Semaglutide (Ozempic) and Mounjaro have the same objective of treating type 2 diabetes. However, there are considerable differences. Semaglutide injections aren’t used to treat patients who need insulin. Instead, it’s used to treat obese and overweight patients. It is also done with the help of a healthy diet and exercise plan. 

Different Between Mounjaro and Semaglutide for Type 2 Diabetes 

Mounjaro produces insulin in the body by activating GIP and GLP-1 pathways. Studies show that Mounjaro reduces A1C significantly. This is especially true for patients who used the 10 mg of Mounjaro for treatment because 90% of people’s hemoglobin levels went down to less than 7%. 

Semaglutide is also highly effective in reducing A1C. However, its effectiveness is comparatively less than that of  Mounjaro for reducing A1C.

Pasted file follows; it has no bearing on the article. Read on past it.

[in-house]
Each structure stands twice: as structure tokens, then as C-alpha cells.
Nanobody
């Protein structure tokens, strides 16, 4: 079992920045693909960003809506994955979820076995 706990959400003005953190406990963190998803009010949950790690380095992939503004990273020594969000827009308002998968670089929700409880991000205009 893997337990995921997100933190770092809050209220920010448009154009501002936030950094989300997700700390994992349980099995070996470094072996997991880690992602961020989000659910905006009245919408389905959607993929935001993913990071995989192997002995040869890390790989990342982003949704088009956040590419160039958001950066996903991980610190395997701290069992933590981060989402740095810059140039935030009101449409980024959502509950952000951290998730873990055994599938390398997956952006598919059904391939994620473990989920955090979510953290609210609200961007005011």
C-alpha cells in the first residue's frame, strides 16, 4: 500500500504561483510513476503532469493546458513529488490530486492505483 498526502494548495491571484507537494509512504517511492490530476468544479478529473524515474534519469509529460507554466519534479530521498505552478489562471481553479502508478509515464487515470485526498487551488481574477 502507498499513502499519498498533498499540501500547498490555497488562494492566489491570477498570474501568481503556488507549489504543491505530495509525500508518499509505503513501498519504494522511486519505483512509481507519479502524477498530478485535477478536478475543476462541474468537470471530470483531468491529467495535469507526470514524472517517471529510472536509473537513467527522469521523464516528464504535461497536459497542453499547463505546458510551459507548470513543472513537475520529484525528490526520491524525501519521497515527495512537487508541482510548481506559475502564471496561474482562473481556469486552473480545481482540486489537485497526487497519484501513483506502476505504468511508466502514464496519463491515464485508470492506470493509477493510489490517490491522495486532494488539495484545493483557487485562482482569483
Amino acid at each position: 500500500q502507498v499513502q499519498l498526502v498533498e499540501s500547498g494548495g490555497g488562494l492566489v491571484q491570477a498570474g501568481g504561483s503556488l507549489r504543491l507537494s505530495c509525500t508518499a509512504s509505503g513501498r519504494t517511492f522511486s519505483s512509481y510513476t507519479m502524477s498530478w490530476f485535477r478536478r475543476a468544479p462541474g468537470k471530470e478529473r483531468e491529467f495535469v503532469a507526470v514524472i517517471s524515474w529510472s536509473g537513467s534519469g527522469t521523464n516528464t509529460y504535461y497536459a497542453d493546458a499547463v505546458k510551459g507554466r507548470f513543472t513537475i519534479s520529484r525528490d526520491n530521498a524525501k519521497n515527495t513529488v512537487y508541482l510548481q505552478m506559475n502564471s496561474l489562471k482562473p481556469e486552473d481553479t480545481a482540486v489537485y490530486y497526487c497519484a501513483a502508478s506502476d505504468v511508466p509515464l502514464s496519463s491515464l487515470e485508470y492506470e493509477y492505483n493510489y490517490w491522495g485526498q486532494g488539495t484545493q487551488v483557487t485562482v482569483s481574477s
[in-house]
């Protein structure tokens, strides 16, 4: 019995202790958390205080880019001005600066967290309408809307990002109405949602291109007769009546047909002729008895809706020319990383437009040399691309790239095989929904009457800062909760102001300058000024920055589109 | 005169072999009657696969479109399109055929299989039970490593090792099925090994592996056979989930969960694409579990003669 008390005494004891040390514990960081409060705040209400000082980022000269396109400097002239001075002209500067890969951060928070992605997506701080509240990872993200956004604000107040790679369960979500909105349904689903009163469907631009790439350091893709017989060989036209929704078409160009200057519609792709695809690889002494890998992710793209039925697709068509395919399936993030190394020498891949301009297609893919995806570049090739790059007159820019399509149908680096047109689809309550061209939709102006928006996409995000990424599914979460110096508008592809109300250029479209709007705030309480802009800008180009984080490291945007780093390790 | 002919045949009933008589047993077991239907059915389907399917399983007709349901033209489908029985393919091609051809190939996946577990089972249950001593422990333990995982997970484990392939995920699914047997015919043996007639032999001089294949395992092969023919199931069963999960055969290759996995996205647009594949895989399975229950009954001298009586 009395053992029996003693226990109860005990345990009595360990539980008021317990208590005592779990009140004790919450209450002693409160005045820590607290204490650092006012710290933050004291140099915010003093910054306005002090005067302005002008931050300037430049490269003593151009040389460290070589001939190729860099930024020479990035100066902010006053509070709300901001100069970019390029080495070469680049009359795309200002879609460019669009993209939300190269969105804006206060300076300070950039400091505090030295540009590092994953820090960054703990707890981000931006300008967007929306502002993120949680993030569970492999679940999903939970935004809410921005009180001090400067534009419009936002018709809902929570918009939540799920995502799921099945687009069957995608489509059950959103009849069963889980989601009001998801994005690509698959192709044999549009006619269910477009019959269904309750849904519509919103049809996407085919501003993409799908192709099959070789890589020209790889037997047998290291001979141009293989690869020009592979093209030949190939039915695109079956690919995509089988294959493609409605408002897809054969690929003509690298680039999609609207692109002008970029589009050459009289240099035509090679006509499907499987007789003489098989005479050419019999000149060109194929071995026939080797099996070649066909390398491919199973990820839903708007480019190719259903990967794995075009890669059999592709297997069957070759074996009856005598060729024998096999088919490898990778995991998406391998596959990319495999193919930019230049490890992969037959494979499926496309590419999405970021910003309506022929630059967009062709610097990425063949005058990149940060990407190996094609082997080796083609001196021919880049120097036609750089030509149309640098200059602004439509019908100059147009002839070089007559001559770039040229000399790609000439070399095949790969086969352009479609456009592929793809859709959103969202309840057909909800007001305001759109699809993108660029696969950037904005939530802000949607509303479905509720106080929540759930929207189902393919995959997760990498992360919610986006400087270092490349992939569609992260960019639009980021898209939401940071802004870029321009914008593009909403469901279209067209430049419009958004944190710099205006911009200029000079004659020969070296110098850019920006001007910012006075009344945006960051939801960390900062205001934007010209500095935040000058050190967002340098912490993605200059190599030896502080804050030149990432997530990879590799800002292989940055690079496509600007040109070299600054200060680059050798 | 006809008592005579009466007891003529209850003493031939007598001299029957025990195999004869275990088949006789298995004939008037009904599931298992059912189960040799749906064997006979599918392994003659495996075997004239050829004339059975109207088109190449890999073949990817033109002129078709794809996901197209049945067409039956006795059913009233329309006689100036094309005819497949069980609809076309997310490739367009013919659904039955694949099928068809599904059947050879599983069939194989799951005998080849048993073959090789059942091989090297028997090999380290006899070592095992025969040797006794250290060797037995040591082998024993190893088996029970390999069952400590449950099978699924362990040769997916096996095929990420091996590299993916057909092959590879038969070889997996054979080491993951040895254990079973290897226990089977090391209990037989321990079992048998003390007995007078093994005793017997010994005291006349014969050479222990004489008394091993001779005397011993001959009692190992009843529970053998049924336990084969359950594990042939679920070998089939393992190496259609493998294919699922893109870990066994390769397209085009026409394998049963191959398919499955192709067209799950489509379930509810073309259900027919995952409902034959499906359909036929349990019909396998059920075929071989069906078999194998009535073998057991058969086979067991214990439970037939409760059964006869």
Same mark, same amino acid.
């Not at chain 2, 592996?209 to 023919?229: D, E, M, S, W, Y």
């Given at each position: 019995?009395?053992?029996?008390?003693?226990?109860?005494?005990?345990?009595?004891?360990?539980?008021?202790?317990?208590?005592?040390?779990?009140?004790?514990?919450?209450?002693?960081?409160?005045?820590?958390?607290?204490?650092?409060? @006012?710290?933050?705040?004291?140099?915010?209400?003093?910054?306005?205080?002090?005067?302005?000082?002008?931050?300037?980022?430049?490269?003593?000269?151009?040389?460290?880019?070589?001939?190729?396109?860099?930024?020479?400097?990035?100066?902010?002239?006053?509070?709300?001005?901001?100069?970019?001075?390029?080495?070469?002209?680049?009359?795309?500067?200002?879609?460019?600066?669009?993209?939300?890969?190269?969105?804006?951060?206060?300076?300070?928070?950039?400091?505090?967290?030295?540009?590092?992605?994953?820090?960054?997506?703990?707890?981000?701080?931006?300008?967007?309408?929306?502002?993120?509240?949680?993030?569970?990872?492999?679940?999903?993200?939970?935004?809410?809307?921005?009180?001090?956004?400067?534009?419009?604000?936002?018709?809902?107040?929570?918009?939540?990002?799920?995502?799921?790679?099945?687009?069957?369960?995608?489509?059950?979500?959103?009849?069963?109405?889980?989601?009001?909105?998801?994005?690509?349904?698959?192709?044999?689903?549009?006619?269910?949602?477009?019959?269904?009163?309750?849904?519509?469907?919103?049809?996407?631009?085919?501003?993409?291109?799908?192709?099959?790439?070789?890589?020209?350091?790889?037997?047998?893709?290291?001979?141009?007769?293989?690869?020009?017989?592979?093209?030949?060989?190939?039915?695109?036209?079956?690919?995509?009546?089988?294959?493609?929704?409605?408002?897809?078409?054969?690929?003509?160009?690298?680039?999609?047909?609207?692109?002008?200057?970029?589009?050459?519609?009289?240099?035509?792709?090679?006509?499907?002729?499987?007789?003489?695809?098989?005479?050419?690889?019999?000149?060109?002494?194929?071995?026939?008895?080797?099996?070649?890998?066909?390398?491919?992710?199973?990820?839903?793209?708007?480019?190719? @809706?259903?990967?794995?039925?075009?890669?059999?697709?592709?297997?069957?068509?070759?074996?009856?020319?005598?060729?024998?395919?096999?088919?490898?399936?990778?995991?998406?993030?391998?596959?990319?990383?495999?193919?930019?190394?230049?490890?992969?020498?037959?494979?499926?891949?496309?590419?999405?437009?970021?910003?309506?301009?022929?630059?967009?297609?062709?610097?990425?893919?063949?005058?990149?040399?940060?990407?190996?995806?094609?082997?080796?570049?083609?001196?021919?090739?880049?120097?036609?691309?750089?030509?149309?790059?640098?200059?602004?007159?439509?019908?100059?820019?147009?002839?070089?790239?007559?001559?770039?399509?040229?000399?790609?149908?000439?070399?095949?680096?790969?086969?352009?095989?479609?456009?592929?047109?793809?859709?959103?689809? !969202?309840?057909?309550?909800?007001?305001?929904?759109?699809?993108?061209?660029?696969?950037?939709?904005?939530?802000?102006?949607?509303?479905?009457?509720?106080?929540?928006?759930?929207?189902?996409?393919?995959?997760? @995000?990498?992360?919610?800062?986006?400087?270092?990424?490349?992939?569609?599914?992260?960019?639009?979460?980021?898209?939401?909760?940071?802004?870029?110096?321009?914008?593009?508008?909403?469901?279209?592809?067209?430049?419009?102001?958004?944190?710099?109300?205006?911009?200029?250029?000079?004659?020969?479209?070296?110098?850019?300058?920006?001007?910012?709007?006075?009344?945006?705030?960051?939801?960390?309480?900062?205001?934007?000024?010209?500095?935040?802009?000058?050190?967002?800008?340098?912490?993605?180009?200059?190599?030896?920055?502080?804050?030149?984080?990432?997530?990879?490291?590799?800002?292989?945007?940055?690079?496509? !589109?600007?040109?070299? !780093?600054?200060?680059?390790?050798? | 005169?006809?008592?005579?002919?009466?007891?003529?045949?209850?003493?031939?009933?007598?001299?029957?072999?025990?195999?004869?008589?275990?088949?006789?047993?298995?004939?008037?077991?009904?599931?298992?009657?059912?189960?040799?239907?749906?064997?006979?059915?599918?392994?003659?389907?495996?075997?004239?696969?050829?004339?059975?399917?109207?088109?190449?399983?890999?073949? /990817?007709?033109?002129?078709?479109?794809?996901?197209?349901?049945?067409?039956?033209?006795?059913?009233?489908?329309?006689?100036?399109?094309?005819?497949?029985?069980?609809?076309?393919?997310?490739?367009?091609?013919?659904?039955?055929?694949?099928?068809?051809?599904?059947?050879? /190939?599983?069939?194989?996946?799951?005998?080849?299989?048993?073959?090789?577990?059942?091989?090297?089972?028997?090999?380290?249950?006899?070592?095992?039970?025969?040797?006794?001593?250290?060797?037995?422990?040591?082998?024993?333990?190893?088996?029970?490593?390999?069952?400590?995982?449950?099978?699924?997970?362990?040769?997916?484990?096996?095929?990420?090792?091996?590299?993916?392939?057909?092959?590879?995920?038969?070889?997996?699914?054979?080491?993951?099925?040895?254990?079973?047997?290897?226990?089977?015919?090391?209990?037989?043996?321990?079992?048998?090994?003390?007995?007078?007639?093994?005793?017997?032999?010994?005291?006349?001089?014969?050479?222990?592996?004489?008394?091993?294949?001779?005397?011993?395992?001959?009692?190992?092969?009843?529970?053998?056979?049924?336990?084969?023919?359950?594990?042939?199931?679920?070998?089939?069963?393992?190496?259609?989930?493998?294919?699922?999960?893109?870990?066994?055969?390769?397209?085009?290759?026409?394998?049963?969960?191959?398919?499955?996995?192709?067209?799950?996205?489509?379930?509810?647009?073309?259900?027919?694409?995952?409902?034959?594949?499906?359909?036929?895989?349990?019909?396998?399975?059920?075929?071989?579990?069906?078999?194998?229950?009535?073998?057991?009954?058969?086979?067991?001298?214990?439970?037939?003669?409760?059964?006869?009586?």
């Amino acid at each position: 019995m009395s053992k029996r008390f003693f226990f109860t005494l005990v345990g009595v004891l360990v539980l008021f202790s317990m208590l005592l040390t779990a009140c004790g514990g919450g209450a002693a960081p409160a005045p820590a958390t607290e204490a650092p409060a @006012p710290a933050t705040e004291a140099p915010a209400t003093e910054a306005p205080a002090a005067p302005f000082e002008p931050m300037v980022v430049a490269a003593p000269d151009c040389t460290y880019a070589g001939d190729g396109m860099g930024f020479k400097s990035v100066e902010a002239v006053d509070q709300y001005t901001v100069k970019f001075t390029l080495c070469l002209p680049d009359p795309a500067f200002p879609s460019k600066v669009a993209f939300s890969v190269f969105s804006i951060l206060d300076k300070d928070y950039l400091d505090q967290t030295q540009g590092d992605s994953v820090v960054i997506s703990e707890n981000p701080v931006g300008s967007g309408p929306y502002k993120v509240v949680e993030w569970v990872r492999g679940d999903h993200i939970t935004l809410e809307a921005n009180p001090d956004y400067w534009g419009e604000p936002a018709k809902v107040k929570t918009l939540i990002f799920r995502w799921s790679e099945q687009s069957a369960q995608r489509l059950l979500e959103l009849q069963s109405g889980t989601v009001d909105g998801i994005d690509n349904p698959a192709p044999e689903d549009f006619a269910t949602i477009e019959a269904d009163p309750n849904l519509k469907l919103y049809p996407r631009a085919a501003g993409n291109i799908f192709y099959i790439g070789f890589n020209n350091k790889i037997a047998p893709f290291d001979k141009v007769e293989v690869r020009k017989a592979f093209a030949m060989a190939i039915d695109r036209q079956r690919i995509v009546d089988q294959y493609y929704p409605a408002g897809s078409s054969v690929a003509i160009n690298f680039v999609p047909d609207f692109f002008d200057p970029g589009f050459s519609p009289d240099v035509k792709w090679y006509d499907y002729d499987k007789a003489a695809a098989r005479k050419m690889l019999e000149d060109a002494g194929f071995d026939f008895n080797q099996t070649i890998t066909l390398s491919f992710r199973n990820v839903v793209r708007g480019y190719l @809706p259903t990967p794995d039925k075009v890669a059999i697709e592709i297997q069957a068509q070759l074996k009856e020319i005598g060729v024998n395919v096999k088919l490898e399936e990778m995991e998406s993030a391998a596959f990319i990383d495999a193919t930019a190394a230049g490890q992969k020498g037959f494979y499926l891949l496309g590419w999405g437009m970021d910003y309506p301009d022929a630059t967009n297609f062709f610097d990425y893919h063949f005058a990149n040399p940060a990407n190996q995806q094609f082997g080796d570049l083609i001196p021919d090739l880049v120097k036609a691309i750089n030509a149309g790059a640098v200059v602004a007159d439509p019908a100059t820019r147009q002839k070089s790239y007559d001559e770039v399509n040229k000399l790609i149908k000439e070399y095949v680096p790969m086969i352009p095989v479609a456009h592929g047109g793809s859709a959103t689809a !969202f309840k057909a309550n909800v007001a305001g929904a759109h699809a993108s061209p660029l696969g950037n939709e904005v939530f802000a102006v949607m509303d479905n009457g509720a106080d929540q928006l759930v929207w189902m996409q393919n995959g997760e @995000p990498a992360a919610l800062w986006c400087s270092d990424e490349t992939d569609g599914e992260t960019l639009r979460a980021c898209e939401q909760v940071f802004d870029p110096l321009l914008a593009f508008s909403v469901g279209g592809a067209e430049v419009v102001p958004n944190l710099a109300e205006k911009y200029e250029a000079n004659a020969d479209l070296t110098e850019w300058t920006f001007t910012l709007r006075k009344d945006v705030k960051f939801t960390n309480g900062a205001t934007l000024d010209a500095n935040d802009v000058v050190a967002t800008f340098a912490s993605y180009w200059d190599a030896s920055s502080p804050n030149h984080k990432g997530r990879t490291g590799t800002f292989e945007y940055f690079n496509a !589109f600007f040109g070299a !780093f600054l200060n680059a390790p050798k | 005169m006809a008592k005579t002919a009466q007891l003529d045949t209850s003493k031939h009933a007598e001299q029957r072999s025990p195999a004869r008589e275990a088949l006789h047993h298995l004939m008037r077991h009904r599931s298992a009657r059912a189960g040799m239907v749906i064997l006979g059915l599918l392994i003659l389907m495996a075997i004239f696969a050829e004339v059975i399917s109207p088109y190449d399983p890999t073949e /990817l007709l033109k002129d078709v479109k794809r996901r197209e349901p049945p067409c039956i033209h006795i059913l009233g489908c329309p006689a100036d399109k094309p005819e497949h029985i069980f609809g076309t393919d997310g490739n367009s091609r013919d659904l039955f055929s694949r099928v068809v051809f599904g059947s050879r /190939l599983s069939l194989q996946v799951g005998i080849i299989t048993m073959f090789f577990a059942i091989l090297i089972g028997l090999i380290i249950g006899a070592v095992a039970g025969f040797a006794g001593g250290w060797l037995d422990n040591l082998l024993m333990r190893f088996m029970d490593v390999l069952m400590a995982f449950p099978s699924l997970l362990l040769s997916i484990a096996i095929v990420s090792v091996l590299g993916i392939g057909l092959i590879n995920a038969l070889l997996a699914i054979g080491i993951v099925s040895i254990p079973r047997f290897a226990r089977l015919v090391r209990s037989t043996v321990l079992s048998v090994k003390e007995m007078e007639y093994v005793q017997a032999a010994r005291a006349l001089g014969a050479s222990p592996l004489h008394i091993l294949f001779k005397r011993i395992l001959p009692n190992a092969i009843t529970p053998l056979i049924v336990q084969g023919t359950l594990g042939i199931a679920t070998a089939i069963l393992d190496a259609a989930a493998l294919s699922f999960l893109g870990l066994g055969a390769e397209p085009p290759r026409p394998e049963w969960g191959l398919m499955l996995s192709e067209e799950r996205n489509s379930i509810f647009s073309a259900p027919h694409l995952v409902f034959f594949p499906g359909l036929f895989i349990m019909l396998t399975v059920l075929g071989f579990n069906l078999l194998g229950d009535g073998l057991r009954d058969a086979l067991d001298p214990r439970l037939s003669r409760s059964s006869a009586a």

Mounjaro and Semaglutide for Weight Loss

Mounjaro is only approved to treat type 2 diabetes; however, it showed promising results as a weight loss drug. And after extensive clinical trial, it was approved under a different brand name (Zepbound) for the treatment of obesity. Early signs show promise and also show that it may be more effective than Semaglutide. That is why a lot of weight loss tips online mention Mounjaro. 

A study done by Mounjaro found that adult patients who used 5 mg lost 12 lbs. The result of 10 mg is shocking – adult patients lost over 25 lbs. Weight loss may also differ individually. Another reason Mounjaro is great for weight loss and calories are that the drug reduces sugar in the body.